Ah, but disagreeing with a government, any government, is obviously terrorism. After all, if someone will disagree with one government, they might disagree with another too, like our government. The government can't allow that, so anyone daring to disagree must be swiftly punished, no matter which government they are disagreeing with.
Given the NSA's willingness to lie to those in charge, it's pretty obvious that nothing the NSA says can be trusted. That would include the intelligence reports that are the NSA's entire reason for existing. There's no reason to pay for reports you can't trust, so why not fire the entire agency, and divert the money elsewhere to something that's at least useful for more than a good source of bird cage liner material.
So at the same time as they are building up the world's biggest database of private information, they are also pissing off hackers around the world, and getting rid of 90% of the people who maintain their computer security. What could possibly go wrong with that.
In order to do what he did, I'd think Snowden had to believe:
1. That he had sufficient understanding of what he was leaking to make truthful judgments about it;
Given that his job was to analyze the intelligence gathered via this system, I think we can assume that to be true.
2. That his understanding and interpretation of the Constitution was superior to that of the Legislative branch and much, if not most, of Congress;
More like his understanding and interpretation of what was actually going on was far superior to that of the Legislative branch and much, if not most, of Congress. How many members of Congress have since come forward and said they didn't vote for that kind of spying, or didn't understand how widespread it was?
3. That his understanding and interpretation of the Constitution was superior to that of the Executive branch which is headed by a Constitutional lawyer;
Understanding the legality is one thing, being willing to stay within the law is another. All the evidence seen so far is that members of the executive branch were either willfully blind to violations of the constitution or else intentionally twisting the interpretation of the constitution in order to justify their actions.
4. That his understanding and interpretation of the Constitution was superior to that of the Judicial branch;
One court. One that deliberates in secret, that hears only one side of the story, and that produces judgements that are also secret.
If you don`t think one court can get things wrong, then I`d like you to explain why the rest of the legal system needs to have multiple levels of appeals to higher authority.
Re: foreigners likely actually DO have rights under the constitution
Most of the United States Constitution doesn't even apply to US citizens, and never did. When you read the constitution, you find that it's really a list of things the government is required to do, along with a bunch of things the goverment is forbidden to do. For example, US citizens do not have the right to speak freely. Instead, the United States Government is forbidden to restrict what people may say. The only way this can be applied to only US citizens is if the United States considers everyone not a US citizen to be somehow not a person.
Then again, given how little the US military seems to care about the harm done to innocent civilians in the war on terror, maybe the government does see non US citizens as subhuman.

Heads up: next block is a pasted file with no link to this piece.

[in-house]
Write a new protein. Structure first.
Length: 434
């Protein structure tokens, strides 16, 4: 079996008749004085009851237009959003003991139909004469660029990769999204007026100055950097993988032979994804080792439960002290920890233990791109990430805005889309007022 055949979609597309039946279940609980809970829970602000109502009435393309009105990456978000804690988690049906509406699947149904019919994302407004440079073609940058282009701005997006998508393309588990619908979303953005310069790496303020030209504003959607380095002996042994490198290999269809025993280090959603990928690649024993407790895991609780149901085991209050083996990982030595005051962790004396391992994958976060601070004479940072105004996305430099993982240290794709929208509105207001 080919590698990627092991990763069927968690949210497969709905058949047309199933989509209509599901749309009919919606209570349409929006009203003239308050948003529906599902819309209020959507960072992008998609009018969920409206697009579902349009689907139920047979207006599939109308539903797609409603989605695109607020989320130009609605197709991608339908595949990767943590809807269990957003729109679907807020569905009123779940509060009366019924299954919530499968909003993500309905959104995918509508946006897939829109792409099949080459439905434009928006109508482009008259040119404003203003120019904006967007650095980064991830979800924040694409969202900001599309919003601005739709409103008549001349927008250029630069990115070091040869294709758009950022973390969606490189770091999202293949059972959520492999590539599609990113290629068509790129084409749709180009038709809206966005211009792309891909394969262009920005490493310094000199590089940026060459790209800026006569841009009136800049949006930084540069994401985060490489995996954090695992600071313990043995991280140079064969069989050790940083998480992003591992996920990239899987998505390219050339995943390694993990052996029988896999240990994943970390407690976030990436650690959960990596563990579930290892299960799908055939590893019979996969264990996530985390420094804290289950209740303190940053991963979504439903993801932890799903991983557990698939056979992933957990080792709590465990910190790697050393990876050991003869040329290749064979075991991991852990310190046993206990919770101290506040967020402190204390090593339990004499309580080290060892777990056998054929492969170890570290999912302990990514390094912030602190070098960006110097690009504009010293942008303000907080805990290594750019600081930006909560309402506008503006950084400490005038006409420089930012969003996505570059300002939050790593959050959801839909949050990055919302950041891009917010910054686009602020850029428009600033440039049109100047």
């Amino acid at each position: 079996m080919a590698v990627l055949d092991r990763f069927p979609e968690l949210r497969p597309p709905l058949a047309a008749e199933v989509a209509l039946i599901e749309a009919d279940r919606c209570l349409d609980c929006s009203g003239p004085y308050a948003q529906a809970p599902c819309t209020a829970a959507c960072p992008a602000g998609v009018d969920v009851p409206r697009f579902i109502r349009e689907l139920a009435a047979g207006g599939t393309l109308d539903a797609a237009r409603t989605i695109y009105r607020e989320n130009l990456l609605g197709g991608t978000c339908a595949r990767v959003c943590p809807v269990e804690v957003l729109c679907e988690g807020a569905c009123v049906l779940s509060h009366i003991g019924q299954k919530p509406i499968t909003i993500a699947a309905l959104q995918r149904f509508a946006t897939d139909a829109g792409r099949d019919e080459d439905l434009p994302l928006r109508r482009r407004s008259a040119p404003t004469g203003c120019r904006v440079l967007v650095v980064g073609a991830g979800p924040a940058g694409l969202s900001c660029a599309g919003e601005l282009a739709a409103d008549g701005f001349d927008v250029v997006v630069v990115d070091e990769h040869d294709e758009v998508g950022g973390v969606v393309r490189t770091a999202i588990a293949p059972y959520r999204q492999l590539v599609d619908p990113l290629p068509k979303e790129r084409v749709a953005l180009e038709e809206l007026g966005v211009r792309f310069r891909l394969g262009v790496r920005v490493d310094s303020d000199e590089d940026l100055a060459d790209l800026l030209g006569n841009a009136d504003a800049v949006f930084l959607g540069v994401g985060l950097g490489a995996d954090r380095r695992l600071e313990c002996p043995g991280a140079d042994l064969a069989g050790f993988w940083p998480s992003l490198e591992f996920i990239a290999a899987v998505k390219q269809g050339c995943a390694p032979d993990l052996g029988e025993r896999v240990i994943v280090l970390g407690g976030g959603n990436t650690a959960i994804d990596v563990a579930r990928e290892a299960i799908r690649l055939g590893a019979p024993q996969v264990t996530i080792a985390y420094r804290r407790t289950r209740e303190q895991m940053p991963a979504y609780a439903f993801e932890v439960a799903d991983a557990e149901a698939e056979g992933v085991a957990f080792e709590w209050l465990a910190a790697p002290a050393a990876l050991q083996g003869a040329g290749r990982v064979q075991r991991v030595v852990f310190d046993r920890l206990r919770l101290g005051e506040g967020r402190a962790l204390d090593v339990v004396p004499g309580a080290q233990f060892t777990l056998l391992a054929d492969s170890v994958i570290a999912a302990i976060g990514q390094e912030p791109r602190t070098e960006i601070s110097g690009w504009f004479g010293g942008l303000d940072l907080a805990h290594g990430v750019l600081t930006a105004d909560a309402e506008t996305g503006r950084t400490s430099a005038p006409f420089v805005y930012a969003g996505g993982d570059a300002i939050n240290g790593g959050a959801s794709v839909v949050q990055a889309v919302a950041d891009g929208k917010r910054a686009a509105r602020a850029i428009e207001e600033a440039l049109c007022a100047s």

The whole thing is a CIA plot to replace the government of North Korea.
The plan is to get a whole bunch of IP rights in North Korea. When they later apply to the North Korean courts to enforce those rights, the entire North Korean government will die laughing.
The funny thing is that none of the documents Snowden has leaked have revealed anything that could be considered a legitimate intelligence operation. What they have revealed is a massive illegal intelligence operation that at best makes any legitimate intelligence operation harder by burying important clues in a tsunami of irrelevant details.
>>The Government may not be legally allowed to execute the guy
>Um, yes, they are. It's called targeted killing.
United States Bill of Rights, Amendment V
No person shall be held to answer for a capital, or otherwise infamous crime, unless on a presentment or indictment of a Grand Jury, except in cases arising in the land or naval forces, or in the Militia, when in actual service in time of War or public danger; nor shall any person be subject for the same offence to be twice put in jeopardy of life or limb; nor shall be compelled in any criminal case to be a witness against himself, nor be deprived of life, liberty, or property, without due process of law; nor shall private property be taken for public use, without just compensation.
The government cannot simply decide to kill someone without violating the constitution. Not that that seems to bother them very much these days.
You could look at each spot where a change might be bade as on bit.Make a change for a one, not make the change for a zero. If the goal is to identify each copy uniquely, you need a lot of possible change spots. Sixteen spots would allow for up to 65535 copies, which is probably a small run for an ebook. Will it be possible to find sixteen or more spots to change? Maybe. It will really dependva lot on the nature of the book.
Will it be possible to remove this tracking? Certainly. I'd even call it trivial to remove. Given several copies of the book,with different changes, a simple script could identify and correct the changes in seconds.
That's how the government eliminates crime. Sweep the real crimes under the rug, and stomp hard on anyone who dares point out that a crime occurred. Once nobody reports any crimes, the government can claim success because there are no reports of crimes.